Tipped to build the future Delta tower in Auderghem, Sou Fujimoto is going to design a huge wooden structure at the gates of Paris.
While he has recently designed a new tower at the gates of Auderghem (Delta), the Japanese architect Sou Fujimoto has won the contest Inventons la Métropole du Grand Paris (Let’s invent the metropolis of greater Paris) with his mixed project, Vertical Village. It is a mixed-use project combining housing, offices and sports facilities.
The project has been presented as a poetic skyline and has been designed as a plant village. The 3D renderings show two buildings that are typical of Fujimoto’s style and that are linked by a bridge. The buildings are composed of small white pillars that support irregular canopies, luxury glass facades and a multitude of vegetated balconies and roofs. A wood frame will expand on the whole building up to the 17th floor.
The Vertical Village has a height of 50 meters and a width of 120 metres. It covers a total area of 28.200 m2, including 5.300 m2 of office space, 17.000 m2 of housing and 5.000 m2 of social housing. The common area of 6000 m2 will be divided between the ground floor and the roofs. Many shared and private outdoor spaces will be scattered around the building, creating a green continuity with restaurants, a nursery, a community centre and a panoramic bar. The sports centre will extend over the entire height of part of the complex, and it will be equipped with climbing walls, a gym and other sports facilities.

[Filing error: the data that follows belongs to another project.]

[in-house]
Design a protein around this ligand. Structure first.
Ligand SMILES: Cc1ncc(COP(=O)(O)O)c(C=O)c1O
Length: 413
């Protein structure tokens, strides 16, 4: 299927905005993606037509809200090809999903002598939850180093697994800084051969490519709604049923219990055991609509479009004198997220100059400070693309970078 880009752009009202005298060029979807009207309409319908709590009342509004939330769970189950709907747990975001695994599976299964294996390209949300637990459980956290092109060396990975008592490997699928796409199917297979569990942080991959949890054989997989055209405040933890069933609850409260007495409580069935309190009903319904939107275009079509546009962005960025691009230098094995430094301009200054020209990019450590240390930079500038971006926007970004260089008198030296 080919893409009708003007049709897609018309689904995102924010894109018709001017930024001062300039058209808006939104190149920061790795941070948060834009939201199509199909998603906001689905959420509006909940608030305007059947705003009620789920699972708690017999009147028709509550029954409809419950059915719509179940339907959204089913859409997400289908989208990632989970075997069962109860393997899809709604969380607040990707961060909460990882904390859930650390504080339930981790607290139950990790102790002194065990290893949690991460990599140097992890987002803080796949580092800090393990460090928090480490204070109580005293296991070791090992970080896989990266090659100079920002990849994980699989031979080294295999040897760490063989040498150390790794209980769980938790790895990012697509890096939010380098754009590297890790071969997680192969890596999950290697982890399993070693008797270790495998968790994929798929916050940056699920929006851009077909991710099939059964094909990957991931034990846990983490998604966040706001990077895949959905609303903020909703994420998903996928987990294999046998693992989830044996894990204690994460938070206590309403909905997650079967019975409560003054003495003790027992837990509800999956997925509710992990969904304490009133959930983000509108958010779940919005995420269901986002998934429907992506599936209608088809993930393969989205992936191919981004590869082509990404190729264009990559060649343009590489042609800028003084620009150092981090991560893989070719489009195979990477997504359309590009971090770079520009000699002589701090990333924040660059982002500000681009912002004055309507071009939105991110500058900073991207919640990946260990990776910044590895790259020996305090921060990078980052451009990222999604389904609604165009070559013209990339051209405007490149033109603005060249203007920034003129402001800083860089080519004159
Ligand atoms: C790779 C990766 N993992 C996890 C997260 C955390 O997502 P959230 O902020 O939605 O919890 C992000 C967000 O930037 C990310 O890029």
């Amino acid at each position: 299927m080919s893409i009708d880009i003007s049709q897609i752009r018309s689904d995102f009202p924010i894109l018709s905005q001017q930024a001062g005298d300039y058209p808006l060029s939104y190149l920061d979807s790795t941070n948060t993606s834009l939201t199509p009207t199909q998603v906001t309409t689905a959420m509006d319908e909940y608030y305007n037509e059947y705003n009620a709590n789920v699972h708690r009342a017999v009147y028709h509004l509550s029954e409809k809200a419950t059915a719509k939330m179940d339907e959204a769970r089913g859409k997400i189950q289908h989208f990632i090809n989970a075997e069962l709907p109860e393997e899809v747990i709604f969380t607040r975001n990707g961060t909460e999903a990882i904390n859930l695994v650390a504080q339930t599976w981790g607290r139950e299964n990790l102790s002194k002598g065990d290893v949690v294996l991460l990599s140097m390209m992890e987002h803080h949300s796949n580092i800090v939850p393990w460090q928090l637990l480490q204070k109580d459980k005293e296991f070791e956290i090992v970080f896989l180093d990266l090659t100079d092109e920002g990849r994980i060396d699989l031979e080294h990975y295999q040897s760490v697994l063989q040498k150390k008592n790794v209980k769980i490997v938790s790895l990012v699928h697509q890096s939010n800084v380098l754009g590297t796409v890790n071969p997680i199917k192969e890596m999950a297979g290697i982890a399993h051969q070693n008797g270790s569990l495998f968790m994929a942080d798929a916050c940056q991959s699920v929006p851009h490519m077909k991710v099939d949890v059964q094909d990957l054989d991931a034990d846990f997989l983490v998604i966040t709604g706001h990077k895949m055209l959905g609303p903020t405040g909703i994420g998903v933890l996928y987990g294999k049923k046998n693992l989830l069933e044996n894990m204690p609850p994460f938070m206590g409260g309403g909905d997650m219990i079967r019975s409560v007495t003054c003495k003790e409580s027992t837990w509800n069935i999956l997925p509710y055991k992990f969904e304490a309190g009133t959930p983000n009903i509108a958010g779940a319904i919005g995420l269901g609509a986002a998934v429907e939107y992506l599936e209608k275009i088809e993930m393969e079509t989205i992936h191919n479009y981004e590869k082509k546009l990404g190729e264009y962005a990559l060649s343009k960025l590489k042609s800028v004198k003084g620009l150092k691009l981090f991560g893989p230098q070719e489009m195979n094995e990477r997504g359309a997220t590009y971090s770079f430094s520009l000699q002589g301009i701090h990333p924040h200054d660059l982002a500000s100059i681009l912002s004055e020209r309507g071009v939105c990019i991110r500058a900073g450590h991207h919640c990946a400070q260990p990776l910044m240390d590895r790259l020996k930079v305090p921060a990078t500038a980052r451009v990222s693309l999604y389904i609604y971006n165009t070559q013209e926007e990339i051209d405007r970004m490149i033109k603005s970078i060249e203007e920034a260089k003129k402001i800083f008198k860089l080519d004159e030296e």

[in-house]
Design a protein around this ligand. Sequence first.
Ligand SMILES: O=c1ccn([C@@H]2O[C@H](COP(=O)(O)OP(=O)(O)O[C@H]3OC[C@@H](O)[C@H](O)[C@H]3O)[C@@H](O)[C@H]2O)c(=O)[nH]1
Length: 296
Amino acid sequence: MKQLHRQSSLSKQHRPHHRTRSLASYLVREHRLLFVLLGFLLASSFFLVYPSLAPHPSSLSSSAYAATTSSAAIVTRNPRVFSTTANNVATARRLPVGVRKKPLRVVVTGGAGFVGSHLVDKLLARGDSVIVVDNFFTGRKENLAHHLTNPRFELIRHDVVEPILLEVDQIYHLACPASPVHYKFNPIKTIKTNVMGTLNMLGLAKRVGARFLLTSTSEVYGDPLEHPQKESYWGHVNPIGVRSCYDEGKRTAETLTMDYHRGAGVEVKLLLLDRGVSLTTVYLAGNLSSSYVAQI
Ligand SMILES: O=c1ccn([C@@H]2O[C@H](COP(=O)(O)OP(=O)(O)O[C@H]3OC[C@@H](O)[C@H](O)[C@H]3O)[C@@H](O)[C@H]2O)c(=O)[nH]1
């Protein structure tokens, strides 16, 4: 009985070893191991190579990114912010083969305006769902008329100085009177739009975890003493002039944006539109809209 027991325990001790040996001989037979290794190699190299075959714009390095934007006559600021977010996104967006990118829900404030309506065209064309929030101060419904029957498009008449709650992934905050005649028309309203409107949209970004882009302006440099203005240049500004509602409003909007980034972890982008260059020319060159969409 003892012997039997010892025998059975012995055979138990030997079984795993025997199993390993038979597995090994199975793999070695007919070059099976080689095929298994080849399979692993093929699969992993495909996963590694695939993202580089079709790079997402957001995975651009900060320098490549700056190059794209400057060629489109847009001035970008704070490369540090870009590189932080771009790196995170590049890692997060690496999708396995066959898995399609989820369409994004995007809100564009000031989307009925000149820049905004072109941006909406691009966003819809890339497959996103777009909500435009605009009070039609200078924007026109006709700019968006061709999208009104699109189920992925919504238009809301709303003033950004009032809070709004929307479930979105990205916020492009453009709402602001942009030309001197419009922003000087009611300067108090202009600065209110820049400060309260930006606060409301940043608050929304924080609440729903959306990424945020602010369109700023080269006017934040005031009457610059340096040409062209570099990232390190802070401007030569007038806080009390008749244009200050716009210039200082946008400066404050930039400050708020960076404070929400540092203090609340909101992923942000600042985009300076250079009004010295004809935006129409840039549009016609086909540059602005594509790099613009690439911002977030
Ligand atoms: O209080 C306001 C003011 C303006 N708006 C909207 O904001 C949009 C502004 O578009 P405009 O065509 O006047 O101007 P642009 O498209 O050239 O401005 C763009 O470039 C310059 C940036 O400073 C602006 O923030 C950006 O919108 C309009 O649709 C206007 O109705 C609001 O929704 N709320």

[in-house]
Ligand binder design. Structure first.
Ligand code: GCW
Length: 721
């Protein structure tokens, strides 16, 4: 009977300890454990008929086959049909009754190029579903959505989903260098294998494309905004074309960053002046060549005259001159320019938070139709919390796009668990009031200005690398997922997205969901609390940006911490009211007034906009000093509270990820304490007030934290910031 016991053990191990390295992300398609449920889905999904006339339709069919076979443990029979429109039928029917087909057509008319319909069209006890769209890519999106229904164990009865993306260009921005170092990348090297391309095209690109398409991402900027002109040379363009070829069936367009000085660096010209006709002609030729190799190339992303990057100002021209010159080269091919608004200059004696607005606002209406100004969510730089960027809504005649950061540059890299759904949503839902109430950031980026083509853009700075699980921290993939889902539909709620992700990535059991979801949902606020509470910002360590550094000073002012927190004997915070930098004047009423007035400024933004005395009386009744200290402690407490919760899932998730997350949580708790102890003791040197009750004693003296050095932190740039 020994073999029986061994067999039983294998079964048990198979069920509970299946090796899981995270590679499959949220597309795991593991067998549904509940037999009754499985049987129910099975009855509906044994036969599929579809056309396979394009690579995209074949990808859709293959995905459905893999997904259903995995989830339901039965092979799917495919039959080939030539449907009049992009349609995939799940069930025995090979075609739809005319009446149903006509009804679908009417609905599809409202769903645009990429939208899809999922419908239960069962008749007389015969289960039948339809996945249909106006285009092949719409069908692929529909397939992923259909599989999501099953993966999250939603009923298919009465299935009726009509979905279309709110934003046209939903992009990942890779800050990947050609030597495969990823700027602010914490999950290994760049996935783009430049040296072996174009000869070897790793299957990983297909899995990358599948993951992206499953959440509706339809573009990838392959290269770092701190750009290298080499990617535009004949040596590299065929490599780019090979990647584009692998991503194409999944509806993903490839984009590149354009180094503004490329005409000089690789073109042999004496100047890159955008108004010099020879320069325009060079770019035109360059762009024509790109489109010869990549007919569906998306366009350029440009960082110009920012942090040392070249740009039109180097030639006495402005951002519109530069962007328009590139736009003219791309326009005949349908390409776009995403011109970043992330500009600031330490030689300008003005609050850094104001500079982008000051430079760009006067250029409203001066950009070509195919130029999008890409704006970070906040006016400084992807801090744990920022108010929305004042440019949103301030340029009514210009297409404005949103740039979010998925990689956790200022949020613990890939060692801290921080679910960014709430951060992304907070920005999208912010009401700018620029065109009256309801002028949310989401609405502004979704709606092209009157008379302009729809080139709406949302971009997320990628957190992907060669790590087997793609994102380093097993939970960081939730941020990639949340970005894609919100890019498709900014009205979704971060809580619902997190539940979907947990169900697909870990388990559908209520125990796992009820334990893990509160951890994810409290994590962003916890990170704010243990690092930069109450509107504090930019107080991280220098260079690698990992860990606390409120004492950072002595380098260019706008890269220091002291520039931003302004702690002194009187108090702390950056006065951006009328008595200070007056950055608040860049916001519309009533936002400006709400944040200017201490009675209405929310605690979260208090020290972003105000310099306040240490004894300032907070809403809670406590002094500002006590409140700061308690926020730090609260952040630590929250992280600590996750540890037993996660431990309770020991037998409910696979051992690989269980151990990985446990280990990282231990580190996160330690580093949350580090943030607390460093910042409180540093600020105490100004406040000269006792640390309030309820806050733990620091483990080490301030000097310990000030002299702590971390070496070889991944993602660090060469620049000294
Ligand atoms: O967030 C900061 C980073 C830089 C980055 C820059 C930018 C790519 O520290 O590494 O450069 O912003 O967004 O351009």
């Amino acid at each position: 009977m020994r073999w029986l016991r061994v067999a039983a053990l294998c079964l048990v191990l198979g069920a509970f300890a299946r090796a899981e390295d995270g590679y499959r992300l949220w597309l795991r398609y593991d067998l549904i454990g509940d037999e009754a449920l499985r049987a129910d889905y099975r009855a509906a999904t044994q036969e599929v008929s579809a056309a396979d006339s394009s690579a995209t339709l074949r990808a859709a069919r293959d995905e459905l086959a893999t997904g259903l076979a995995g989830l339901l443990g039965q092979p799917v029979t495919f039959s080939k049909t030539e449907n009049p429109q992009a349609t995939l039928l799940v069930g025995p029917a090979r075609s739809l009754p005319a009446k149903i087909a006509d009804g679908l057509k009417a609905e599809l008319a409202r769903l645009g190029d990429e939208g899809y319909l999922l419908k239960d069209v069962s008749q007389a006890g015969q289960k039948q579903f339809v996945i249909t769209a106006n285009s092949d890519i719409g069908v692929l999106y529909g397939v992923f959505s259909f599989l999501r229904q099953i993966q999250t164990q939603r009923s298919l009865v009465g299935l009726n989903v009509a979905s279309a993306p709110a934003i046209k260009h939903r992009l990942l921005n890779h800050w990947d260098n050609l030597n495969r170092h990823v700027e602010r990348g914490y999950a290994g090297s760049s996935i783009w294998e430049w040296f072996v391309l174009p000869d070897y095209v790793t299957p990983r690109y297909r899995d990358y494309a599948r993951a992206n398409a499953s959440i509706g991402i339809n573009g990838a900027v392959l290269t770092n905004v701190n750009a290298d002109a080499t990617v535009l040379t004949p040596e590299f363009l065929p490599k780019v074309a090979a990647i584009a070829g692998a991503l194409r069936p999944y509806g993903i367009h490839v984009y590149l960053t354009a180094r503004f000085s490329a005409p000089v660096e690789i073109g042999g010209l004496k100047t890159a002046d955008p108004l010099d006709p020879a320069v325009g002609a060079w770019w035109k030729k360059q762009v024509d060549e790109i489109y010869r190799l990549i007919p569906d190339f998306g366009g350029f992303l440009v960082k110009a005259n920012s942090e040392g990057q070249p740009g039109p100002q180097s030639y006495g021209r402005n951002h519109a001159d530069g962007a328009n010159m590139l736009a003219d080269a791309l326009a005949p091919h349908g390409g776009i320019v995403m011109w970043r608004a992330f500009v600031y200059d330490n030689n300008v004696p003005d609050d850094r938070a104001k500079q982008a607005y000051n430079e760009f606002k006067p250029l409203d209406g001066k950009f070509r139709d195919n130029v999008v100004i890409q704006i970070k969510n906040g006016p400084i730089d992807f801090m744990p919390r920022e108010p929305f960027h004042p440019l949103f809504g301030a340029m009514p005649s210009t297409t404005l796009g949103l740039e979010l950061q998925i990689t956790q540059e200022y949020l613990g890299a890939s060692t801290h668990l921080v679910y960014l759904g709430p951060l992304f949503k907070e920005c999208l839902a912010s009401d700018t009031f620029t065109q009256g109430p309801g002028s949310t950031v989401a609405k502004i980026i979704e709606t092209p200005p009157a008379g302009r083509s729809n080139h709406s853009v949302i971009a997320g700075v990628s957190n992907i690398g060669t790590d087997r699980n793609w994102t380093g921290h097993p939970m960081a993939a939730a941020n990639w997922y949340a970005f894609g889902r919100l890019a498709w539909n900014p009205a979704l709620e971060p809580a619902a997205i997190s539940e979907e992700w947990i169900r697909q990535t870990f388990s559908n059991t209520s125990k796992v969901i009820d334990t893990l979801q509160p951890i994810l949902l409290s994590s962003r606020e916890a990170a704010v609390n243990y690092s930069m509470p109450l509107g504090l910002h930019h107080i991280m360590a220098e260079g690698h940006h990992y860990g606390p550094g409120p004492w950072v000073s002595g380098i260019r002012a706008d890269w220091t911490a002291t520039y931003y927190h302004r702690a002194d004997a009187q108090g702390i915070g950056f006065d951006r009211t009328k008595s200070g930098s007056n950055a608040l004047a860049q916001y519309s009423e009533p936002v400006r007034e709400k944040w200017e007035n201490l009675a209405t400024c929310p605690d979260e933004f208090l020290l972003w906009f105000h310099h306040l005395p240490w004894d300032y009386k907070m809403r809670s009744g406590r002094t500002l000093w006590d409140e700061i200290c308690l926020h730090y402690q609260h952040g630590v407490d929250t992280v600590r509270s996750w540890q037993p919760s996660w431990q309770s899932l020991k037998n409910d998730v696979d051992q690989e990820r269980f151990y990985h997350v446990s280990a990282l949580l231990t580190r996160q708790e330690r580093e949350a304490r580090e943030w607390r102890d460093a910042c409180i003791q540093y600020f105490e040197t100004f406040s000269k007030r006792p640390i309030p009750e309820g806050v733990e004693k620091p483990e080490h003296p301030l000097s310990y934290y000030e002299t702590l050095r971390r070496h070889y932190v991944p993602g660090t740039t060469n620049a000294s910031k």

Reconcile the city and its inhabitants
As in Auderghem, the plot is located at the entrance of the city, in a transition zone between areas of economic and commercial activities and residential neighbourhoods, which are mostly low-rise. It is structured around three principles: iconic architecture, diversified functions, and a concrete and ambitious ecological approach. “Our ambition is to reconstruct an urban seam between the city centre of Paris and its suburbs, which need a huge rejuvenation. Vertical Village will be developed in a phased manner in the skyline of the Metropolis of Grand Paris and will reach up to 50m of height“, sketches Paul Jarquin, CEO of REI Habitat, the company that carries out projects in 100 % wood.
Like other Japanese architects, Sou Fujimoto creates a new typology of buildings. Obsessed by lightness, white and the in-between, he intends to reconcile nature and architecture and to propose a new way of living. In February 2014, he had already won, in collaboration with the French Nicolas Laisné and Manal Rachdi, a contest organised by the city of Montpellier. The challenge: to design a mixed tower of 10.000 m2 with housing accommodation, a restaurant, an art gallery, a panoramic bar and offices. His building, still under construction, will make history in Europe. The Arbre Blanc (the White Tree), 56m in height, has been designed so that its inhabitants can live outside and enjoy the Mediterranean climate: the 193 balconies-terraces (the branches of the tree) are sometimes as large as the flats on which they depend. A challenge to gravity, which will be completed this year.